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A modern colorized rendition of an ancient terracotta plaque which portrays winged Lilith standing on a throne of lions and accompanied by two screech owls; the uncoloured original plaque, known since the 1930s as the Burney Relief, and currently displayed as The Queen of the Night relief, is in the possession of the British Museum

Lilith, Lilit, or Lilitu, whose name means "disease-bearing wind spirit," is an ancient Sumerian and Mesopotamian demon or succubus. She is associated with night-time winds and storms, and is said to roost in trees, from whence she descends to have forced sex with unwary men, and to kill newborn babies. She is mentioned once in the Jewish and Christian Bible, at Isaiah 34:14: "The wild beasts of the desert shall also meet with the wild beasts of the island, and the satyr shall cry to his fellow; the screech owl also shall rest there, and find for herself a place of rest." In this translation, the term "screech owl" is actually the Hebrew word "lilit." Other Bible translations render "lilit" as "night hag," "night bird," or "night monster." Much of what we know about Lilith derives from Jewish sources such as the Babylonian Talmud (Eruvin 100b, Niddah 24b, Shabbat 151b, Baba Bathra 73a), "The Book of Adam and Eve," and the "Zohar Leviticus" (19a), where she is described as "a hot fiery female who first cohabited with man." Her name and image appear frequently on Jewish protective talismans and in incantations and rabbinical literature. She is also mentioned in the Mandaean cosmology of Gnostic deities from the first century C.E. onward. On the other hand, the well-respected 12th century Sephardinc Jewish philosopher Maimonides rejected the very concept of her existence.

According to Jewish lore, Lilith is said to have been Adam's first wife, created by Yahweh before Eve, but from unclean filth, muck, mire, or sediment rather than from the pure clay dust used for Adam's creation. Nevertheless, Lilith considered herself Adam's equal, because they were both made out of soil. For this reason she refused to lie beneath Adam during sexual intercourse, and was so offended by his insistence on it that she uttered the magical name of God, rose into the air, and left Adam. He complained to God, who sent the angels Senoy, Sansenoy, and Semangelof to fetch her home. These angels found her near the Red Sea, consorting with demons and giving birth to a hundred demonic children every day. She refused to return to Adam, even under threat of death. Lilith also reminded the angels that God had already put her in charge of newborn children, so she could not be killed. This meant that a creation of God was a dire threat to newborns -- but she promised that she would spare any newborn who was protected by an amulet bearing the names of the three angels. All of that history aside, since the 20th century, this evil entity, long thought to be responsible for miscarriages, still-births, and sudden infant death syndrome, has been recast by some Neo-Pagans as a Pagan goddess who functions as "an archetype of the dark feminine," embodying righteous rage, self-protection, confident sexuality, and the rights of rebellious women.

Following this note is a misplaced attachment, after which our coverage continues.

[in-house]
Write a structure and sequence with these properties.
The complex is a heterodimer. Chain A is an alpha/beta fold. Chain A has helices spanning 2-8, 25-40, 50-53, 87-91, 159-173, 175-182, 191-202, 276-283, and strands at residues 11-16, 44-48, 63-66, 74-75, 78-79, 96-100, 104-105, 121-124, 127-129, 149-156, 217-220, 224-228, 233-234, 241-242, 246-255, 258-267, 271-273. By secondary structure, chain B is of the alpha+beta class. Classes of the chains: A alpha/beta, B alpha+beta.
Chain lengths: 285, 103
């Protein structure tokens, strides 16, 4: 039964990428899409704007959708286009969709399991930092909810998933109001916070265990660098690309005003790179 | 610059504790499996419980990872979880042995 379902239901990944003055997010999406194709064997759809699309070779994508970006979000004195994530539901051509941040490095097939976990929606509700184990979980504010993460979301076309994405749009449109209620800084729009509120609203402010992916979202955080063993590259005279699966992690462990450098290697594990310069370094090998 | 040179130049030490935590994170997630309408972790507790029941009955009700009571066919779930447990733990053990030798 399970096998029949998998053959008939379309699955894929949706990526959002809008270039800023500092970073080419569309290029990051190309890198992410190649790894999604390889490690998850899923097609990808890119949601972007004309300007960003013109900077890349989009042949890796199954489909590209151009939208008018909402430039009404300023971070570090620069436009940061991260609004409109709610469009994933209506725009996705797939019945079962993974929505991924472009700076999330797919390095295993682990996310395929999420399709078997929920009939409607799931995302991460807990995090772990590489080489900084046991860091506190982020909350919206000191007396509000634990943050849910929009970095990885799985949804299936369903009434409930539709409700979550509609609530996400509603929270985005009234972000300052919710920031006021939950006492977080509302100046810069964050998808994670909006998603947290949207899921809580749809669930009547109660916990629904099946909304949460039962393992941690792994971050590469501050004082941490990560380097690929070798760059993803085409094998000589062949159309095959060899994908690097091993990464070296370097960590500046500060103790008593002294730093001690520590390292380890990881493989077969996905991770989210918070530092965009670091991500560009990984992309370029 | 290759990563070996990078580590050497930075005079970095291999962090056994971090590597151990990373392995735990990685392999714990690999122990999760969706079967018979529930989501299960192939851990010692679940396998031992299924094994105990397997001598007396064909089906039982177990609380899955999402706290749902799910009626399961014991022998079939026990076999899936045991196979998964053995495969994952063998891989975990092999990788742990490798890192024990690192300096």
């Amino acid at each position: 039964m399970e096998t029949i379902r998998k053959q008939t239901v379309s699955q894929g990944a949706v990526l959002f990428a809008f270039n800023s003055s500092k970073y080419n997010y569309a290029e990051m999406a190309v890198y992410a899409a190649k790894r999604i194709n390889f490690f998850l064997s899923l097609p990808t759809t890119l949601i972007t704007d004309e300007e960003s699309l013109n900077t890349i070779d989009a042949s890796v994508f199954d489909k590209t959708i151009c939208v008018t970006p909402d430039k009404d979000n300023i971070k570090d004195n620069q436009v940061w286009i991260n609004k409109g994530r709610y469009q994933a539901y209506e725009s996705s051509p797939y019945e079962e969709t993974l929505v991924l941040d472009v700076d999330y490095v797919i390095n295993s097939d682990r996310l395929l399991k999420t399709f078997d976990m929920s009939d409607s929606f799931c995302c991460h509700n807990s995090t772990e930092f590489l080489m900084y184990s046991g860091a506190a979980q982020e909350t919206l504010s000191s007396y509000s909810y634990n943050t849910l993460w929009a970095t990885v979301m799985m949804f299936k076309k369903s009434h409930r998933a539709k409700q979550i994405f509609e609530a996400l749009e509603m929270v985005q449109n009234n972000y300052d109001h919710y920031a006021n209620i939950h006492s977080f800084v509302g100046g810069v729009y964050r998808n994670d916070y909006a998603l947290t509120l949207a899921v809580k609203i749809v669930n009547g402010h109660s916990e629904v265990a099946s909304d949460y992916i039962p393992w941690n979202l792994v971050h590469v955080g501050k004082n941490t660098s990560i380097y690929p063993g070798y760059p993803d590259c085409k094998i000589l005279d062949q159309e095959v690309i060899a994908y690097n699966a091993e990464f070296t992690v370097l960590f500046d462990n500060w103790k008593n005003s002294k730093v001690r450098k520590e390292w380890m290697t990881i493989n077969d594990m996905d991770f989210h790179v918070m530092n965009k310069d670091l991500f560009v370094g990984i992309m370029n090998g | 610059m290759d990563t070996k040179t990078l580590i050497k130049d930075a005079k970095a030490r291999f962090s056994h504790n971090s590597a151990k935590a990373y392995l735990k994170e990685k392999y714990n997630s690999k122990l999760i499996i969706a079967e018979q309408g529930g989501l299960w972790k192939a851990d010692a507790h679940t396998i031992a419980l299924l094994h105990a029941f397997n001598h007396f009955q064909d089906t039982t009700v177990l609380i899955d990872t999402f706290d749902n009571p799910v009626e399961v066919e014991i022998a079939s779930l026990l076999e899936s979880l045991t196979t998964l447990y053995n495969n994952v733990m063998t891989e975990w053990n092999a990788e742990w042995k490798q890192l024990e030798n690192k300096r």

Lilith is typically depicted as a winged, naked, bird-legged, and sharp-taloned young woman, accompanied by screech-owls. She may hold the ancient symbol of the rod and ring in each hand, identifying her eternal existence and more-than-human status. Psychics, spirit workers, and root doctors who work within the Pagan and Neo-Pagan traditions may call upon Lilith for strengthening and empowering women, seeking justice for oppressed women, and demanding vengeance for women who have been wronged. Traditional Jews continue to view her as a demon who kills babies.


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